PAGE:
Amid stifling summer heat, and under lanterns at night, they erected a sixfoot-high sandbag levee with shovels, mules, and every available hand. DeBuys: “When they ran out of shovels, they used saucepans. When the waters sucked away part of the levee, they dragged mattresses out of their lean-tos and tents…and shoved them into the breach or tethered them against the sides of the channel.” They hacked down a handsome row of cottonwoods and heaved them onto the barricade. “Most of them being ardent Christians, they sang hymns against the roar of the water.”
Charles Perry, a CDC engineer, had an idea: the cutback was 16 miles north of Calexico. At its current rate of speed, it wouldn’t reach town for two weeks. If they could accelerate the process with dynamite and divert New River to the west, the canyon it was digging might draw off the floodwaters. One natural disaster might avert another.
They tested the idea near town. Any debris, any impediment lodged in the friable soil created a whirlpool effect that could alter the cutback’s direction. A mass of tree trunks, brush, and pilings had gathered near Calexico. If someone didn’t blast it away, when the cutback hit the pile it might change course and knife through the heart of town.
One man volunteered. Mobley Meadows was Imperial County’s first sheriff in 1907.He owned a livery stable in Calexico. A crack shot, famous throughout the Southwest as a lawman, Meadows was the model for The Plainsman by Harold Bell Wright. His statue, on the courthouse grounds, was the first erected in Calexico.
Dynamite strapped to his back, Meadows dogpaddled downstream, dodging everything from angry rapids and tree trunks to dead animals. He planted the charge and swam to safety.
The blast splintered the pile. Inspired by his success, Perry, Meadows, and 11 volunteers headed down New River to where the cutback raged. Meadows and another, unnamed man got in a boat. A long rope, tied to the craft and held by volunteers onshore, floated the rocking boat downstream. No more than five feet from the edge, Meadows lit a long fuse and lowered a box of dynamite over the falls. Volunteers towed the boat upstream. No explosion. A second attempt: same result. Was the fuse too long? Did the massive swirls of mist and spray, rising hundreds of feet in the air, extinguish it?
Perry tried. He used a shorter fuse wrapped in rags. As the men onshore towed him upriver, the dynamite exploded. His boat flew into the air, and 50 feet of the cliff fell away.
The tow rope pulled Perry to safety. Even though they had an estimated 50-50 chance of coming back alive, volunteers went to work in twos. One craft tilted on the rim at a 45-degree angle. Another man fell over the falls but swam to safety. The “dynamite wagon” traveled from Calexico to the site and back many times, as the volunteers made “liberal use” of its contents.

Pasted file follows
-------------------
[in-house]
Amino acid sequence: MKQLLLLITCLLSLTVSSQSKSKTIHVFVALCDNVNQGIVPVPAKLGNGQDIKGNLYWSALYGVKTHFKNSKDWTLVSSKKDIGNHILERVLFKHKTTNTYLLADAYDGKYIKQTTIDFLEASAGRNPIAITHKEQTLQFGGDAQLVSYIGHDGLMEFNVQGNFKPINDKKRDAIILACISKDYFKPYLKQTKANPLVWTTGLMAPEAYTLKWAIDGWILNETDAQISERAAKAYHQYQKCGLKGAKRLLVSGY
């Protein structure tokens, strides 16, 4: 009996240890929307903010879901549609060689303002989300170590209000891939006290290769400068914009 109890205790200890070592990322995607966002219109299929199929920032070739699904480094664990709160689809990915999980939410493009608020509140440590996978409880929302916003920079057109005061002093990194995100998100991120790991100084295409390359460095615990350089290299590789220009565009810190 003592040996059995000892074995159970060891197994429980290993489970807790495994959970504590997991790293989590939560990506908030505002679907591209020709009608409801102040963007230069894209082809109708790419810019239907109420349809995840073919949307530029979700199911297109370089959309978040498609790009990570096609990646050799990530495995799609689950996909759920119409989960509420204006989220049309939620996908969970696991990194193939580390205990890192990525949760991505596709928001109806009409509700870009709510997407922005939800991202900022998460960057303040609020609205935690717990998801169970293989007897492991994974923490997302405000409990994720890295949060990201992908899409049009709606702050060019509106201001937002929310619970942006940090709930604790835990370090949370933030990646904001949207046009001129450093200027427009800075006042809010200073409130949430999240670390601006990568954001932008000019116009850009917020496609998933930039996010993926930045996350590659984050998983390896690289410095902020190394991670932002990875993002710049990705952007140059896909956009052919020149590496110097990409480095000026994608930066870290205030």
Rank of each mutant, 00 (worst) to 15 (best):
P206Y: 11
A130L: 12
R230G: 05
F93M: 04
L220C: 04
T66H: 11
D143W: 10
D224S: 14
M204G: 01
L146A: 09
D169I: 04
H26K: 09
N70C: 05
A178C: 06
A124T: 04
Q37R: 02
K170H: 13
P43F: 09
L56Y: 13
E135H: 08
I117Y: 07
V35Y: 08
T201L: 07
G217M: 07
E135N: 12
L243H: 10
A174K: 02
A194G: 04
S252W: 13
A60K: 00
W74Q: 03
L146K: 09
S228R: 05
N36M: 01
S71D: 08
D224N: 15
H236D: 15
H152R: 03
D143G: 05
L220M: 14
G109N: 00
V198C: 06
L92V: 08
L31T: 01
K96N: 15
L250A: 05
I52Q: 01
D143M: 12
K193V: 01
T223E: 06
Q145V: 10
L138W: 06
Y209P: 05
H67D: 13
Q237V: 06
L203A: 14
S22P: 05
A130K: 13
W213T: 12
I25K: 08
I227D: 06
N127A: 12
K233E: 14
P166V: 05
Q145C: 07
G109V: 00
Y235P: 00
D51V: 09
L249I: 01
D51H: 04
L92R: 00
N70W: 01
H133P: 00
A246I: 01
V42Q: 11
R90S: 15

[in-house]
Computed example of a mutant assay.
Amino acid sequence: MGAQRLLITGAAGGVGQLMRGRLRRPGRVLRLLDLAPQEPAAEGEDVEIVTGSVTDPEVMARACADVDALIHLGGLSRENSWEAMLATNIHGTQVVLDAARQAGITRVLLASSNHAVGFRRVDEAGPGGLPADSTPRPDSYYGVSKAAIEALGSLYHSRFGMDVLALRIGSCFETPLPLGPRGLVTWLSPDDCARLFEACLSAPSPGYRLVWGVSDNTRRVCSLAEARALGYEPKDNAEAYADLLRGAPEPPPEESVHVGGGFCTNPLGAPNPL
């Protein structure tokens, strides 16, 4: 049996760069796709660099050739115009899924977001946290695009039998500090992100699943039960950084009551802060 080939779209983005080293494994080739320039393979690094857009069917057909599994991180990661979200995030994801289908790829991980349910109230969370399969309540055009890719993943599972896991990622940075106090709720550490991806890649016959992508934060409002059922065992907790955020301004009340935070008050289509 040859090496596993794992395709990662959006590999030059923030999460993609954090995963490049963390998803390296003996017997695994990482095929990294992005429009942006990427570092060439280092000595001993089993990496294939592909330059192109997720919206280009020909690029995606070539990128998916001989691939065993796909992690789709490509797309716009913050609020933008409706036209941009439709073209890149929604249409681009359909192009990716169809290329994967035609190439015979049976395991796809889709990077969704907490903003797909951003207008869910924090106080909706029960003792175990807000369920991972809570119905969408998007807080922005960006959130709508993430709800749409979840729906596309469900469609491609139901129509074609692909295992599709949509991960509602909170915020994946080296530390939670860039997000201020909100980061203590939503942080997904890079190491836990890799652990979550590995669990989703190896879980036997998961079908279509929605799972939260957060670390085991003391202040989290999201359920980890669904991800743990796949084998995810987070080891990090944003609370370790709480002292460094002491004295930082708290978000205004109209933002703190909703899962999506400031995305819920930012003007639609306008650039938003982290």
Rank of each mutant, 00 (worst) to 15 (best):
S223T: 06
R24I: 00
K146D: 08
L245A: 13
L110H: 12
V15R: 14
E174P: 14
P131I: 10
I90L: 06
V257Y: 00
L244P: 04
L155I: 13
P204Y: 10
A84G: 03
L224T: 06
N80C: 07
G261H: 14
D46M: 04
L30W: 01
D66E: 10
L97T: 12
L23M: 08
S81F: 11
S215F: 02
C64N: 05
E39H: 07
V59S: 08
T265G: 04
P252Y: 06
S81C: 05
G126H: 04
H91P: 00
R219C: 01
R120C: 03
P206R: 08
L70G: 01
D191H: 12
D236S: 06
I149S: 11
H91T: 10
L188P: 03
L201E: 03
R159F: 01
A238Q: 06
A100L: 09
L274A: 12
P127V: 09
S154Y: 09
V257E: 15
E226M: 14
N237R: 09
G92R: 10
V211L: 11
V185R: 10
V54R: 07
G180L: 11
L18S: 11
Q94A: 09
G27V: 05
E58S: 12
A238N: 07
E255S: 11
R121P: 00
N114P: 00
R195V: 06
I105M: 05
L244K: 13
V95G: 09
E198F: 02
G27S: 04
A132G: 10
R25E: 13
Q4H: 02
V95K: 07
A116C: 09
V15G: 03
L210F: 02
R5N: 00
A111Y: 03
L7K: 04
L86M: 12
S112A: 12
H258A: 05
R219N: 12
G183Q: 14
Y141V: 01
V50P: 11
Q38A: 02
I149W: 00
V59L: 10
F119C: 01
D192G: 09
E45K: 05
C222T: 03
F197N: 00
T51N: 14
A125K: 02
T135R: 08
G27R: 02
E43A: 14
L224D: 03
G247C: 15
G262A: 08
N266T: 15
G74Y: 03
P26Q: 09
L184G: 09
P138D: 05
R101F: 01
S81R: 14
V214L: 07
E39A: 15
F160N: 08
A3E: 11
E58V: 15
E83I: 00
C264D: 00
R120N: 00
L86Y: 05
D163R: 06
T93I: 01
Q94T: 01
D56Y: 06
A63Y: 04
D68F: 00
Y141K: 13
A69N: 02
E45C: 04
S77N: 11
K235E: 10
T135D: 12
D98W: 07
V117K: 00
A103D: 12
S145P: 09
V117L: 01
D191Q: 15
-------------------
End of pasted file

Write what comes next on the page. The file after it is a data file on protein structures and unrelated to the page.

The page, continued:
The blasting accelerated the cutback’s speed, causing the floodwaters from Mexico to subside. From the top of Calexico’s two-story hotel, in every direction one saw a “vast expanse of flooded lands.”
The cutback kept coming, however. On the outskirts of Calexico, as a southern gale lashed tall waves, the volunteers strung a cable across the river. The aim was to divert the cutback to an old channel west of town. One by one, slapped by wind and spray, Meadows and others inched along the slippery metal. They lit fuses, dropped hissing dynamite and gunpowder sacks into the seething rapids, then clung to the cable for dear life as the charge went off.
Townspeople removed many frame buildings beforehand, but on the first night a water tower fell. Soon the cutback struck the edges of Calexico, shearing cliffs. Structures tipped, then tumbled into the current. Most of the town survived the assault; dynamiting proved a partial success. But 80 percent of Mexicali’s adobe sheds and shacks vanished in the roar — “no doubt,” writes deBuys,“sacrificed to the very currents that had been deflected from Calexico.”
Perry, Meadows, and a crew of volunteers chased the cutback into Mexico and, after several failed attempts, made a stand near Cerro Prieto (Black Butte). They erected brush weirs in the water. Dynamiting steamy, volcanic mud — often crawling across it to set the charges — the crew forced the cutback to circle into itself. The whirlpool unwound into mini-waterfalls; then disappeared.
The Alamo Canal, ten miles east of New River, also had a cutback that dug a steep barranca before it expired. Out of the havoc came a geological irony. Edgar F. Howe: “The hundreds of acres of farming land lost…were the greatest single gain ever made in the physical condition of the Valley. For the sacrifice of these made possible the development of two drainage channels that answered the last question concerning the future of this Valley as an irrigated district.”
Nature had dug two deep, 40-mile-long ditches for the Imperial Valley. They carried to the Salton Sea four times the sediment excavated for the Panama Canal. But the California Development Company and the remaining settlers of the valley still had a problem: the Colorado River flowed unchecked. Romer: “There was little in recorded history to help the engineers in their gigantic task…Three hundred million cubic feet of water every hour were rushing down a 400-foot slope, through easily eroded soil into a basin about the size of Long Island Sound.”
- Cory, H.T.,The Imperial Valley and the Salton Sink (Newbegin, 1915)
- deBuys, William, Salt Dreams: Land & Water in Low-Down California (University of New Mexico Press, 1999).
- Hosmer, Helen, “Triumph and Failure in the Imperial Valley,” The Grand Colorado: The Story of a River and Its Canyons, Thomas H. Watkins, Ed. (American West, 1969), pp. 205–221.
- Howe, Edgar F., and Howe, Wilbur J., The Story of the First Decade (Imperial,1910).
- Romer, Margaret, “A History of Calexico,” Historical Society of Southern California, 1922.
- Sperry, Robert L., “When the Imperial Valley Fought for Its Life,” Journal of San Diego History,XXI (winter, 1975), pp. 1–25.